Next-Level Locavore: What’s Inside Keg and Case Market?

New dining and retail hub Keg and Case Market is the talk of St. Paul—and Minnesota

An aerial shot of Keg and Case Market.
West Seventh has a new feature attraction in Keg and Case Market

photo by geoff george

Inside the walls of the Schmidt Brewery’s old keg house, an aesthetic and cultural transformation has taken place. Keg and Case Market on West Seventh Street bravely embodies a vision of our state’s brick-and-mortar retail future. And that’s the original brick, if anyone’s asking.

Embracing similar concepts found in trend-forward neighborhoods of Seattle and San Francisco, Keg and Case combines reclaimed warehouse chic, innovative regional entrepreneurship, and the quick-swipe gratification of our social media feeds. The market’s layout of 23 businesses is an invitation to sample, wander, mix, and match. Walls are kept to a minimum in here, and each booth’s eye-catching features are refreshing turns away from the uniformity of big-box and corporate shopping experiences.

The vintage-style couches at Clutch Brewing Co. are ideal vantage points to watch the hubbub of activity in the stalls below. Among the curiosities to scan are a massive hearth fire-roasting the meals at In Bloom restaurant, bees building a hive at Worker B, and a chamber of mushrooms growing under flashing LEDs at Forest to Fork.

Forest to Fork's glass chamber grows a variety of mushrooms to keep the stock on-site as fresh as possible.
Forest to Fork’s glass chamber grows a variety of mushrooms to keep the stock on-site as fresh as possible

photo by darrin kamnetz

“The optics are phenomenal,” Keg and Case’s St. Paul-based developer Craig Cohen raves, regarding Forest to Fork. “It’s an art piece that produces 600 or 700 pounds of mushrooms a week.”

After purchasing the property in 2014 and leading an extensive restoration, Cohen admits that getting to this point was difficult. The Schmidt Brewery (which had its main brewery building recently turned into the Schmidt Artist Lofts) is an historic site, so key approvals along the way involved city, state, and national governing bodies to sign off. And even after the space’s grand opening in mid-September, he is juggling a flurry of messages on a pair of cell phones in between answering questions.

But he’s proud to see that what sits before him is a cooperative, reciprocal situation for the businesses. “It’s not just a landlord-tenant ‘let’s sign an agreement and call it a day’ environment,” he says. “We were trying to create something bigger than ourselves or any one of them individually. To finance something like this is not easy, especially with no big-box retailer or big chain restaurant.”

Diversity, sustainability, and creativity are all at play within this year-round attraction, which also boasts outdoor space capable of hosting dining, markets, concerts, and ice-skating in the winter. It’s not surprising that the brands within the building are already partnering up. A K’nack sandwich combines its own meat products with Rose Street Patisserie bread, Sweet Science’s honey ice cream comes from Worker B’s stock, and the Forest to Fork mushrooms are showing up on the menu at In Bloom.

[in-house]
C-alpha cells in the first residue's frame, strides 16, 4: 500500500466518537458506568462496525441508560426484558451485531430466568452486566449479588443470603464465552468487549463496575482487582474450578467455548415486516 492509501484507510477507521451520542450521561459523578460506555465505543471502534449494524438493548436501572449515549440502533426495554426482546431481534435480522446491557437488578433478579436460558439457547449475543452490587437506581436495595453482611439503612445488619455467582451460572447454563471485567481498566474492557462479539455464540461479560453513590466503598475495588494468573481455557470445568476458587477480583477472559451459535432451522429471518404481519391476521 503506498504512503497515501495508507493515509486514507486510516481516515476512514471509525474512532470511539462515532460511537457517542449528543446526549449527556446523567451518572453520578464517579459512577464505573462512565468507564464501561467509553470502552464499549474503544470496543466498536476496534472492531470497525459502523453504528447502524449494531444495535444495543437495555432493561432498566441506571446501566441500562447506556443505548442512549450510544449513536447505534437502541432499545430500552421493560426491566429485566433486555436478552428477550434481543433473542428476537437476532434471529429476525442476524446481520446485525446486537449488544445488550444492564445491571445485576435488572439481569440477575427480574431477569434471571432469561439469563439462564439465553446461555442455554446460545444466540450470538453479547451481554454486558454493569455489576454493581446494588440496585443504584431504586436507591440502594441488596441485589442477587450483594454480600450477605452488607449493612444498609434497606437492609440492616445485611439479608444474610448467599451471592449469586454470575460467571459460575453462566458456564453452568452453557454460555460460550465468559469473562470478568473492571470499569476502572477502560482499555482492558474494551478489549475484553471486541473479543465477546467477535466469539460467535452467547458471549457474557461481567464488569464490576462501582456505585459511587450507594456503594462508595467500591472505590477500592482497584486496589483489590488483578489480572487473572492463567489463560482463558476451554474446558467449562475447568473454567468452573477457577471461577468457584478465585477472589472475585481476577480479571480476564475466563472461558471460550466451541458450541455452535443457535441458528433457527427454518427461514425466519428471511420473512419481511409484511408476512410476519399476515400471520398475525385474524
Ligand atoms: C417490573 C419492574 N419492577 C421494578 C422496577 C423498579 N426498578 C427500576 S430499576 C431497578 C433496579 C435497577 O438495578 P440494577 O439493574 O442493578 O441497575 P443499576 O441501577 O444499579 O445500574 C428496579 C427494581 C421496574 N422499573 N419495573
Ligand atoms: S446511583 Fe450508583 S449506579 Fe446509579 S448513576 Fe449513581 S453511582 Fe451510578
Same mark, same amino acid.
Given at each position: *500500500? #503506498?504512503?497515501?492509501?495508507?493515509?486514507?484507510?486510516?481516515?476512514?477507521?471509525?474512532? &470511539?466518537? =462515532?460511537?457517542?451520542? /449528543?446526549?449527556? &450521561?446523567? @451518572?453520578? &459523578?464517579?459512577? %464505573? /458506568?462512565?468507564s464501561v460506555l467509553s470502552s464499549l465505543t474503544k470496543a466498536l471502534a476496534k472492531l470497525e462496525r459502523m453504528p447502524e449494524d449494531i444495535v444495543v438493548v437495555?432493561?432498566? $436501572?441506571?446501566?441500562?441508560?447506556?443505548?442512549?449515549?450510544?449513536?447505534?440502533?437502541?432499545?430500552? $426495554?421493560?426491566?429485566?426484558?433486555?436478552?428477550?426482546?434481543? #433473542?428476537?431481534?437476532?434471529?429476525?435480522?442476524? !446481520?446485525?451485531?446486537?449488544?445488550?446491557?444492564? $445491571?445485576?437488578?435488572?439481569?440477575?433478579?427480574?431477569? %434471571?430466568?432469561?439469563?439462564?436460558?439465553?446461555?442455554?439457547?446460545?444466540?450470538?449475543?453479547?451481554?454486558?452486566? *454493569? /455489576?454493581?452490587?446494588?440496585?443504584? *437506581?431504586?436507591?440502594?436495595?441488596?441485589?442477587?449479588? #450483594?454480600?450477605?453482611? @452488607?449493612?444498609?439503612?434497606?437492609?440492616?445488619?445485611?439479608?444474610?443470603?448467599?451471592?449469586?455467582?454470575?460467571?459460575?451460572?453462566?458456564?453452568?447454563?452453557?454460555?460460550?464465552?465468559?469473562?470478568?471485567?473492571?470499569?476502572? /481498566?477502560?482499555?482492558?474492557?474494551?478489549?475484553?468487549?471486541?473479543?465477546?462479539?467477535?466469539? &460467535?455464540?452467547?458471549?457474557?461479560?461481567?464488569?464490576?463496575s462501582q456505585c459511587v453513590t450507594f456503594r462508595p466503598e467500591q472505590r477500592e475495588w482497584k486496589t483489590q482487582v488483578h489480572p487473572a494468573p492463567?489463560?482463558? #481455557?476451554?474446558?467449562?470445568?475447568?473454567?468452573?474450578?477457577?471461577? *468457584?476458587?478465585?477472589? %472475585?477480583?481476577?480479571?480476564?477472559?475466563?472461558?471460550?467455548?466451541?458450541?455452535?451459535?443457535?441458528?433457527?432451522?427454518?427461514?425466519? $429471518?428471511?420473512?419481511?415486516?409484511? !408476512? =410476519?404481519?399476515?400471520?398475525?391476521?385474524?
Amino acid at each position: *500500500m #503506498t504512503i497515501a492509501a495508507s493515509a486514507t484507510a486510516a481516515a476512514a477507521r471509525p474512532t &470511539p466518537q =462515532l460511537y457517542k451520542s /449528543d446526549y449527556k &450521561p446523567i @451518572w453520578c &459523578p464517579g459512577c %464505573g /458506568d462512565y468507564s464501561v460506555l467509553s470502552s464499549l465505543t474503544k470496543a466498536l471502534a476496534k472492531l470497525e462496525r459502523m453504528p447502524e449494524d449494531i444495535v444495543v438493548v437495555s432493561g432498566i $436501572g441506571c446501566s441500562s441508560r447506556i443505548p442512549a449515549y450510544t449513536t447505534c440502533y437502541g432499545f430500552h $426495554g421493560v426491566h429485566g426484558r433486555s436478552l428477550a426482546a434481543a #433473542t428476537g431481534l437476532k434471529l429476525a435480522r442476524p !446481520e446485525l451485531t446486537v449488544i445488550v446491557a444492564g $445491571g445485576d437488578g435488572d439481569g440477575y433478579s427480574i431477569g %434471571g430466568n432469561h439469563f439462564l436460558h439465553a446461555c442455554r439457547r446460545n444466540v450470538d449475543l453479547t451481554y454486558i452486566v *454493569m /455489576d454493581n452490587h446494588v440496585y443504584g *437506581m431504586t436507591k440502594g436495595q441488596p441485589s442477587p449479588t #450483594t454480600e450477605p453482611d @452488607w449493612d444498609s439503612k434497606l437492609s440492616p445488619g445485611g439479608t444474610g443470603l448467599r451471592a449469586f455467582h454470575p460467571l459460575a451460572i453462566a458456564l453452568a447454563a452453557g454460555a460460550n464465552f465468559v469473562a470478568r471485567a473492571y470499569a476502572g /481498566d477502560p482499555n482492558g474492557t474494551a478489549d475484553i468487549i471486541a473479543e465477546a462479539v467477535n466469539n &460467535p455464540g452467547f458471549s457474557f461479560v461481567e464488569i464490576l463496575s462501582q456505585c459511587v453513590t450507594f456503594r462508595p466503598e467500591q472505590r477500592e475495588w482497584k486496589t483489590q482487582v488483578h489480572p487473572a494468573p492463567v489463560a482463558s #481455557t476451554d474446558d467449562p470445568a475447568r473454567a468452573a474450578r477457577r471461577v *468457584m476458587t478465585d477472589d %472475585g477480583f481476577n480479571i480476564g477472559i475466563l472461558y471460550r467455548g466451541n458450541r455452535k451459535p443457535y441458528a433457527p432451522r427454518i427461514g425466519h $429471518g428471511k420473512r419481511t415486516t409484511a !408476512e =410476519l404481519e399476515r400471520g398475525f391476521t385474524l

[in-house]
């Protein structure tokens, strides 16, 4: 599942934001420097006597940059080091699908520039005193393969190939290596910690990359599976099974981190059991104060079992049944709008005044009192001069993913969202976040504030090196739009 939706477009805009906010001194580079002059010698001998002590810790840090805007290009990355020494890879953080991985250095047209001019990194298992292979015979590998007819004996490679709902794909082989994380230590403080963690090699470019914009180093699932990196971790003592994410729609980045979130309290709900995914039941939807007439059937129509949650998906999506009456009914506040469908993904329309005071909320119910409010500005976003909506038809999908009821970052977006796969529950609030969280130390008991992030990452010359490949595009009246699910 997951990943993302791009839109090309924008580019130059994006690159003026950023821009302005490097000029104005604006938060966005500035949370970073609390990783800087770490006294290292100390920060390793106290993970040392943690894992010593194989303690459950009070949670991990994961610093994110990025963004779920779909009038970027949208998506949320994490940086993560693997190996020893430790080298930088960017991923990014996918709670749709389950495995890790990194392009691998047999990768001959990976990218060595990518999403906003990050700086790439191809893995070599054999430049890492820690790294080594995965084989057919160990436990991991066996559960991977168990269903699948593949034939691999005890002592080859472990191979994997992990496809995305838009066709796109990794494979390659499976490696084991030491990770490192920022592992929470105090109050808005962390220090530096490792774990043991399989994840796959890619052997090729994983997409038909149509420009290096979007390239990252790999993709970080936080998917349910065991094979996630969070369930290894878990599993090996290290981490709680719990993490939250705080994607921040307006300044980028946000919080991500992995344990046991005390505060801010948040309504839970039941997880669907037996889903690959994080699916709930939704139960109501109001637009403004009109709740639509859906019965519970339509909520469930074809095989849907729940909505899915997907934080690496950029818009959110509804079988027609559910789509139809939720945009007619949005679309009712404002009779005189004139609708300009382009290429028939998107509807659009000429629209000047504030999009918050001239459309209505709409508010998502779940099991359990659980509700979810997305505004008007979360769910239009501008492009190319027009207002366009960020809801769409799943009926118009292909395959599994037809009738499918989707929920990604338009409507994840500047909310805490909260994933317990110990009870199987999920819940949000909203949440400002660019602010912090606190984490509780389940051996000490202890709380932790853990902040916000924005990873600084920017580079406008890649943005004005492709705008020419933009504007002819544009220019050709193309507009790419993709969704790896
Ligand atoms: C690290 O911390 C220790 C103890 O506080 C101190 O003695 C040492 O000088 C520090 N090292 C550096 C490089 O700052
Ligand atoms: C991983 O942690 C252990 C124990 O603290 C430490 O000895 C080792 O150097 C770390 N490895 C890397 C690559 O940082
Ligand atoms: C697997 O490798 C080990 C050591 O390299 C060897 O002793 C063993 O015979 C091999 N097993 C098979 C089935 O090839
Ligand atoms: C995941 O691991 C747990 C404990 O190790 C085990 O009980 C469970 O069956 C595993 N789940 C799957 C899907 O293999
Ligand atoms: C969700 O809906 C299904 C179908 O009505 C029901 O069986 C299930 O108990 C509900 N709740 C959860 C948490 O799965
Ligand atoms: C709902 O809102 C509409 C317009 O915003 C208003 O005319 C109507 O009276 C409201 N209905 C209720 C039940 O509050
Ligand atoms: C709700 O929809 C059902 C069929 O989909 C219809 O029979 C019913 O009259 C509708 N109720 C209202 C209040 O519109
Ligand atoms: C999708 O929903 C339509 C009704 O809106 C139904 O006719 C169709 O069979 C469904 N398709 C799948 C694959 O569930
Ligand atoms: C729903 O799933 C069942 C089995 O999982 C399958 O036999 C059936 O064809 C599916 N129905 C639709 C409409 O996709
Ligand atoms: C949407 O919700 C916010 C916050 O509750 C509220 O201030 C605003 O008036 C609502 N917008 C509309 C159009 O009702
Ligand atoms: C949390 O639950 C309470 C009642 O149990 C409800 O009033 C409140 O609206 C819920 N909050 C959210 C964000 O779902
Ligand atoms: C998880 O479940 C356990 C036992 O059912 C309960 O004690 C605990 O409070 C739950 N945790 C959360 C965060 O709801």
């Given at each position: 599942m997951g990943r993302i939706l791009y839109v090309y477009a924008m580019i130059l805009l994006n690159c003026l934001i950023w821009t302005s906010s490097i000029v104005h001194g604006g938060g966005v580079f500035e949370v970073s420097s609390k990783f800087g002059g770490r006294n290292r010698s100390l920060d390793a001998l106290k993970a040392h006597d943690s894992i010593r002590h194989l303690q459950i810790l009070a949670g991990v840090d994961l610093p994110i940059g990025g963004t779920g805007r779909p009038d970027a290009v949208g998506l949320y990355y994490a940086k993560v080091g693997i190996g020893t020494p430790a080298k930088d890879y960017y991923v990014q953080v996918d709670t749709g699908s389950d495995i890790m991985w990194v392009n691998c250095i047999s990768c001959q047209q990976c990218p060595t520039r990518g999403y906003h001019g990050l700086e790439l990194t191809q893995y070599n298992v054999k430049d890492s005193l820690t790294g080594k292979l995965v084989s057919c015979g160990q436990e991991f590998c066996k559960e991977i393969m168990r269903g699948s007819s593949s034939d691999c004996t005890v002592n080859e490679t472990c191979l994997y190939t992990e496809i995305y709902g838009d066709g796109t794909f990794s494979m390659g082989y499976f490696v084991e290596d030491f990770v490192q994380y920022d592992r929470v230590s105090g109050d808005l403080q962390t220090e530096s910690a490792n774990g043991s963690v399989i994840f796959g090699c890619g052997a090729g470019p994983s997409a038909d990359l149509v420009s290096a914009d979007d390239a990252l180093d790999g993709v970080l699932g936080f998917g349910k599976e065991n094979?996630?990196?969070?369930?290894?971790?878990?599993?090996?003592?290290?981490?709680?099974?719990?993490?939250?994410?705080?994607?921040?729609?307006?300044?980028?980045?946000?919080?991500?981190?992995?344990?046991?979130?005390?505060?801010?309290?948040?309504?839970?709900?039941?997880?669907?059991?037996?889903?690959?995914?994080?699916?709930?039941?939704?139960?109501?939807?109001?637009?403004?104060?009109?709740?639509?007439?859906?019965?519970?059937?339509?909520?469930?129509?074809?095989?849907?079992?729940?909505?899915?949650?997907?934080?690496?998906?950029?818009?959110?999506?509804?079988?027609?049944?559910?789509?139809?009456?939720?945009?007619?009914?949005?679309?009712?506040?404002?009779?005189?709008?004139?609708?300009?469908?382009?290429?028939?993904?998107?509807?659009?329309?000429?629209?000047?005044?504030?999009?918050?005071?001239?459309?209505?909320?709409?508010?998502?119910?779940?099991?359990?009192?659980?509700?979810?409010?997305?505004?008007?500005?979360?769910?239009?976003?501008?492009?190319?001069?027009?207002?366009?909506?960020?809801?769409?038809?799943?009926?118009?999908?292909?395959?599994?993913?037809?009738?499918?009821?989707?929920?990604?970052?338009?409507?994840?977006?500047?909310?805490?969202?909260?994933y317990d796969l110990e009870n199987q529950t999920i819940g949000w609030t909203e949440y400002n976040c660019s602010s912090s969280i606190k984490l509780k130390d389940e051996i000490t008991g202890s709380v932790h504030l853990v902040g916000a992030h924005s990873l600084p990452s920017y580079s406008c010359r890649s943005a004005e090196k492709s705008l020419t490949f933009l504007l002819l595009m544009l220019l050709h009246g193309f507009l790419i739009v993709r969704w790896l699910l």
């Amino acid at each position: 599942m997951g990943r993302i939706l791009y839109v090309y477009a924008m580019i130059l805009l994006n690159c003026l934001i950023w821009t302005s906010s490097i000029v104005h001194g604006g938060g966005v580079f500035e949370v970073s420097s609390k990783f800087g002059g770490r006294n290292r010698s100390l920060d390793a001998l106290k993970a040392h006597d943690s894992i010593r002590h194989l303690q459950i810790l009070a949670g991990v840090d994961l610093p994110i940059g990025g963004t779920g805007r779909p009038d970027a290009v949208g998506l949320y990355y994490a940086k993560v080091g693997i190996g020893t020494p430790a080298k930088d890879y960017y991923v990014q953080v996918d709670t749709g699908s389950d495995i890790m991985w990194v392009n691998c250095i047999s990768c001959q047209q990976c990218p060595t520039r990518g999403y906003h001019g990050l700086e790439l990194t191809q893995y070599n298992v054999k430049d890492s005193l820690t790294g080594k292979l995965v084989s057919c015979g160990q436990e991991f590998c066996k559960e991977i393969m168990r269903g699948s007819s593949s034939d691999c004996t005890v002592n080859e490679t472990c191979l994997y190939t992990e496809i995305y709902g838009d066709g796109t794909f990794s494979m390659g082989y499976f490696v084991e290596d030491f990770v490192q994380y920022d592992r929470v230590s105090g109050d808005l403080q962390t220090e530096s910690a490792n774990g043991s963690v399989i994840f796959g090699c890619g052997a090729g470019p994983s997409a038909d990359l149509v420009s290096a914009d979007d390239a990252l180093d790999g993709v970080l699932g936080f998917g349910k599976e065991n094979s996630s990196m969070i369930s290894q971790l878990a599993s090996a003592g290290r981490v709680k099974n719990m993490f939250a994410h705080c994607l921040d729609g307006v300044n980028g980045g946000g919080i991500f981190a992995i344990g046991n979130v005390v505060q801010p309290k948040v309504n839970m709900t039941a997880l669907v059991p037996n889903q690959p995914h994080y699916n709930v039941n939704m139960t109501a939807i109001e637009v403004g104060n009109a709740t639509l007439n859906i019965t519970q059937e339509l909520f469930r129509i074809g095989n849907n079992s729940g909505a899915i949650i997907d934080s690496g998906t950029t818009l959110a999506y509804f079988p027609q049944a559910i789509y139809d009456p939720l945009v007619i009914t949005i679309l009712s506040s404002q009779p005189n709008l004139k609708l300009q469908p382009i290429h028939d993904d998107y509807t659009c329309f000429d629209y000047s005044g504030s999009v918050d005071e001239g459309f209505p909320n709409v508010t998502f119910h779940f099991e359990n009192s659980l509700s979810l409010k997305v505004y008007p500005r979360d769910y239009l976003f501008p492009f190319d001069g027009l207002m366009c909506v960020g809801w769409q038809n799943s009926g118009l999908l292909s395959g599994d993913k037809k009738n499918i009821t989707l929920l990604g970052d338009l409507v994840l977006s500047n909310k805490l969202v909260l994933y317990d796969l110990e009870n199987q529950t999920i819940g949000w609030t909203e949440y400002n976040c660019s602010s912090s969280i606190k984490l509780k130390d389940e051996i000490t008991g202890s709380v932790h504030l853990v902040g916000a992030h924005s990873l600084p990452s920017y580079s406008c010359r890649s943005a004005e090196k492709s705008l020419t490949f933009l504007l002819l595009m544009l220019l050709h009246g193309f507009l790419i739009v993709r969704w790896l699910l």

An overview of the shops found within Keg and Case Market.

photo by darrin kamnetz

Even with Keg and Case open, Cohen’s work is far from done. Across the street, the original Schmidt Brewery’s below-ground rathskeller—which means basement bar or restaurant, in German—is undergoing restoration, and more businesses to complement Keg and Case are on the way above it. Expect a full-service Rose Street Patisserie café, a Worker B spa concept, and more in the early part of 2019.

“I am in awe,” Cohen says, visibly moved. “I’m humbled by how it’s been received by people, and the way they’ve rallied around us. Opening day, watching crowds pouring in, I saw the biggest smiles from our partners. To see them elated and making money—they took a risk, and they’ll have a sustainable life as a result—that’s my favorite thing.”

What’s Inside Keg and Case?


Corner Table and Revival restauranteurs’ latest projects: In Bloom, featuring enormous hearth for wood-fired, locally sourced dishes, and barbecue eatery Revival Smoked Meats. Gazta & Enhancements, a stylish cheese bar from minds behind the O’Cheeze and Dough Dough food trucks. Eat in or take out Wandering Kitchen’s pre-made farm-to-table meals. Coming soon: MN Slice pizza, and Pimento Jamaican Kitchen.

Sweet Science Ice Cream

photo by Dustin Black


Adventurous flavors abound at Spinning Wylde’s cotton candy, upscale confections from Rose Street Patisserie, Sweet Science Ice Cream, House of Halva’s Turkish delights, and the mouth-watering Bogart’s Doughnut Co.


On the mezzanine level, Clutch Brewing Co. combines imaginative beers and people-watching, or get creatively caffeinated at Five Watt Coffee’s third Twin Cities shop. Sip Green Bee Juicery’s fresh blends, or Hobby Farmer Canning Company’s fizzy, flavorful switchel.


Forest to Fork’s mushrooms grow in a lit-up chamber on site, smoked and cured meats by the pound at K’nack, Barkley’s Bistro’s treats for dog royalty, Croix Valley sauces and seasonings, Evla Pottery’s local ceramics and paintings, HandMod’s reclaimed wood crafts, flower arrangements by Studio Emme, and Worker B’s bee-created skincare products, honey, and candles.

More information on Keg and Case Market.

Digital Extra: BBQ. Doughnuts. Beer.

Cotton candy, too! Look behind the scenes of the opening of Keg and Case Market in St. Paul’s West Seventh neighborhood.